Published June 08, 2012
This Friday (June 8), "Prometheus" makes its U.S. premiere, bringing Ridley Scott's long-awaited "Alien" prequel to theaters and, if all goes well, kick-starting a brand-new franchise based on the universe he first introduced to audiences way back in 1979.
The new film is co-written by Damon Lindelof ("Lost," "Star Trek") and Jon Spaihts ("The Darkest Hour"), who spoke to Newsarama in London a day after "Prometheus" premiered in the U.K. The pair discussed the origins of the script and why "Prometheus" isn't your normal "prequel" story by any means, and also offered some updates on a few other projects on each of their plates these days, including the "World War Robot" movie and a reboot of "The Mummy" franchise.
Oh, and Lindelof told us what we can expect to see from him on the comics side of things down the road, too.
Newsarama: The entire "Alien" franchise is steeped in so much mythology, and "Prometheus" adds even more back-story to universe of these films. How much of the mythology in "Prometheus" did you two create, and how much has been there from the start? [Photos: Scenes from "Prometheus"]
Jon Spaihts: Obviously, what exists in the prior films was always a guide to us and was the bedrock on which we were building, but when it came to this film in particular, when the project began, they —meaning the studio and Ridley's company — did not have a particular notion of what the story would be. They wanted to go back before "Alien" in the "Alien" universe and tell a new story... to plant a new seed. Everything after that is stuff we made up. [laughs]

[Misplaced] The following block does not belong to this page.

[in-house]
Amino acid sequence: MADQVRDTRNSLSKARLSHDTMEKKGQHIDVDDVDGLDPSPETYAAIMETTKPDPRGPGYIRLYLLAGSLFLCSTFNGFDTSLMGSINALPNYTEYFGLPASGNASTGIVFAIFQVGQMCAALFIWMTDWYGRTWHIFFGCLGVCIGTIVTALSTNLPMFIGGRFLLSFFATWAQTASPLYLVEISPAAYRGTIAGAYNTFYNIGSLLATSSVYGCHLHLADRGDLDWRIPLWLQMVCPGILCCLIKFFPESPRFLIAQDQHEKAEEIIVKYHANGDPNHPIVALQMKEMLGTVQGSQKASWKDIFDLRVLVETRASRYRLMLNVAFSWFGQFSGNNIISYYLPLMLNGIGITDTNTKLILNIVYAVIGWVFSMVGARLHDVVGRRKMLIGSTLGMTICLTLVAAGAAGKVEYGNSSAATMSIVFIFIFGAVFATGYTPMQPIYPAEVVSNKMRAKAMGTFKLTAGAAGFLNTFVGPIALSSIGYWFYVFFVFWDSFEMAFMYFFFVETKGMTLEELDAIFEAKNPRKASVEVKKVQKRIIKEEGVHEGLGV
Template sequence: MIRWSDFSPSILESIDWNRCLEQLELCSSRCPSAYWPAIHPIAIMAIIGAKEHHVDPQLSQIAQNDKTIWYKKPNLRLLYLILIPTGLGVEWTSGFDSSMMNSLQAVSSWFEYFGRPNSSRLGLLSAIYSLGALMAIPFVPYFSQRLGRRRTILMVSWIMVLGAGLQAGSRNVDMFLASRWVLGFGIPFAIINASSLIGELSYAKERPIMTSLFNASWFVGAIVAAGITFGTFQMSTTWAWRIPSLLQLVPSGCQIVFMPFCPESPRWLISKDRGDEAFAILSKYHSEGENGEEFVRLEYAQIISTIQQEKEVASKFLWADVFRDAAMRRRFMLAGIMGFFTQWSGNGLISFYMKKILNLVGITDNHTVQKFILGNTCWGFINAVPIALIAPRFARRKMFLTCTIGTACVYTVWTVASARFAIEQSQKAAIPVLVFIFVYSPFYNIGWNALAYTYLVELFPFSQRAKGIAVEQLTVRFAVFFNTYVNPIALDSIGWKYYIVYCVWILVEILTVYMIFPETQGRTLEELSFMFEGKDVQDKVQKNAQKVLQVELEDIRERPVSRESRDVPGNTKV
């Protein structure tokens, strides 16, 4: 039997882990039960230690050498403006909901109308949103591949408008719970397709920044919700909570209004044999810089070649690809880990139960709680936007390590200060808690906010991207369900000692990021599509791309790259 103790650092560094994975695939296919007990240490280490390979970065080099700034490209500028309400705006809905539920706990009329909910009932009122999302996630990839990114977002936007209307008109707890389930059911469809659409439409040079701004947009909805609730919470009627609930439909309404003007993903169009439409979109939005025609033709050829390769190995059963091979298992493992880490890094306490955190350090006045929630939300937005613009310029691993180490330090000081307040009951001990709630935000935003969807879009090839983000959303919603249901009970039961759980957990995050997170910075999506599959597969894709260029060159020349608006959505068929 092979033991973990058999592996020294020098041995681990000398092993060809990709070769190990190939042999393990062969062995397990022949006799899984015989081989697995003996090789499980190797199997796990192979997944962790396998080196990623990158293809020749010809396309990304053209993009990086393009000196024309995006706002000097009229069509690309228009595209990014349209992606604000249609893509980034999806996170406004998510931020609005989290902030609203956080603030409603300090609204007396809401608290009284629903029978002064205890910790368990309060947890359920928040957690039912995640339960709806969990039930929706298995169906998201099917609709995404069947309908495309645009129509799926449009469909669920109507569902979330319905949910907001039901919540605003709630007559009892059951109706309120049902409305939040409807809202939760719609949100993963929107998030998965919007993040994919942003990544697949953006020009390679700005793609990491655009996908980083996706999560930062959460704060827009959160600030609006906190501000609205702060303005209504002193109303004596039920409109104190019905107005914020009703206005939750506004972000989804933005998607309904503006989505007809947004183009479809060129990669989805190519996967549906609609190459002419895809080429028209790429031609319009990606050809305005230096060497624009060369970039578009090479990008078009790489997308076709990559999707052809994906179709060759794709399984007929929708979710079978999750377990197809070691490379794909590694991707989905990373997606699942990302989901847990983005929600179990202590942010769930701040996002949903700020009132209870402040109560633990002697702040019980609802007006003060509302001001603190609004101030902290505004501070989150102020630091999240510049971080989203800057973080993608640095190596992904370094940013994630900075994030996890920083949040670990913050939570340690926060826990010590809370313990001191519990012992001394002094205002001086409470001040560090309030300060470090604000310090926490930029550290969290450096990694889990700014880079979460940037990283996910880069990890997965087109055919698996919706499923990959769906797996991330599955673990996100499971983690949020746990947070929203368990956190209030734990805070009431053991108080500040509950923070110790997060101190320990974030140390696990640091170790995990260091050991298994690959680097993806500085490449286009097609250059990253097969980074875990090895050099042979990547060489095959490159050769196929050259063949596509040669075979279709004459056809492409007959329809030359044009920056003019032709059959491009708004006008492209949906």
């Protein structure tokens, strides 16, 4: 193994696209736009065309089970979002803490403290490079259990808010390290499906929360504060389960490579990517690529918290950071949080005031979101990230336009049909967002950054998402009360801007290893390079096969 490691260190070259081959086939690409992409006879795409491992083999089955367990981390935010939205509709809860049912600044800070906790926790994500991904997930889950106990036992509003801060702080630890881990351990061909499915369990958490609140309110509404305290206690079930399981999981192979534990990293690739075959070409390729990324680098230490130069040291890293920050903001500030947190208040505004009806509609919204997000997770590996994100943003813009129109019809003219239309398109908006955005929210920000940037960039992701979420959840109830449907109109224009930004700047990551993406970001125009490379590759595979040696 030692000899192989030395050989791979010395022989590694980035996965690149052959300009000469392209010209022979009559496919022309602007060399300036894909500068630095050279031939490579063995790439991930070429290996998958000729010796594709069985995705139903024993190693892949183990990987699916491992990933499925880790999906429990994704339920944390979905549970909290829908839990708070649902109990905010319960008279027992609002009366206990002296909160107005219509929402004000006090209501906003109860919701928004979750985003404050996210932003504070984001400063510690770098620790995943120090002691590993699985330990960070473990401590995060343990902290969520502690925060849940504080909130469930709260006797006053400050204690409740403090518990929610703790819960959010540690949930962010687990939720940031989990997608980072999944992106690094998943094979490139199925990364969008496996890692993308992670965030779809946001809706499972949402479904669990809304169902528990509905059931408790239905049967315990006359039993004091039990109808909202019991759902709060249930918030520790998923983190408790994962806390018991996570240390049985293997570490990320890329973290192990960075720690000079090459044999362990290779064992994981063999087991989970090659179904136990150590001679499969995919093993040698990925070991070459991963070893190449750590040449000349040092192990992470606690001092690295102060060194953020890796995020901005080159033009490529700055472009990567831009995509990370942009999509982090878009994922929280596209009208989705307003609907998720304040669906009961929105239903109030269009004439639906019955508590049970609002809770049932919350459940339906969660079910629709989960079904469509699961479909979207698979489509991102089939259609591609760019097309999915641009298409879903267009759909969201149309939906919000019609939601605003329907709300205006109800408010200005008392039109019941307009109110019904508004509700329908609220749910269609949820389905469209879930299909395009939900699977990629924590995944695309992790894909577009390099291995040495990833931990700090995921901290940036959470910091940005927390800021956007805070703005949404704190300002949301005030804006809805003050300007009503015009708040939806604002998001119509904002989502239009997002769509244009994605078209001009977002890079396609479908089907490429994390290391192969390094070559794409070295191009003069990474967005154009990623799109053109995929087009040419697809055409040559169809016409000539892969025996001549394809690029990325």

Damon Lindelof: I think that Ridley obviously has spoken over the years of his own curiosity, asking things like, what's the story with the space jockey? As a fanboy, I think for both Jon and I this was such an interesting thing. We were like, "You mean you don't know? That's up for grabs?" [laughs] So this was an opportunity for us to sort of write fanfic, for lack of a better word. When I read Jon's draft, I was sort of like, "Oh, this is a very, very compelling idea."
I had always imagined that there were these ginormous, elephantine aliens that were just in the wrong place at the wrong time and got overtaken by these xenomorphic parasites, but what if that's not what it was? What if there was a little bit more to it? The idea that ended up being "Prometheus" didn't need to be a strict connection of the dots from this story to the original "Alien," but [after you see "Prometheus"], when you see "Alien" and the Nostromo comes across that derelict ship, you have a context you didn't necessarily have before in terms of these things that are not innocent bystanders, but are in fact progenitors of the fate that befell them. I thought that was a very, very exciting and unexpected take on the franchise, and obviously that became the foundation upon which the whole movie was built.
Spaihts: It's what pulled us away from prequel territory. Obviously, the great mystery of "Alien" is where did all of this come from and who was the big guy in the chair? That's where we're going to begin with "Prometheus." But it's a fierce problem for a storyteller. Here's a 12-foot-tall, elephant-headed giant, so what are you going to do, write a movie about the elephant-headed giants? Who's going to watch that?
Lindelof: I would watch that...
Spaihts: [laughs] Well, certain die-hard nerds would watch it, but it's hard to make people care about human characters they can relate to directly, let alone investing in characters so strange. So the only way I thought to make that compelling was to ensure that the story of "Prometheus" was deeply connected to our own story, and that the question of who these beings were would tie in shockingly and unexpectedly to questions of who we were ourselves. [10 Alien Encounters Debunked]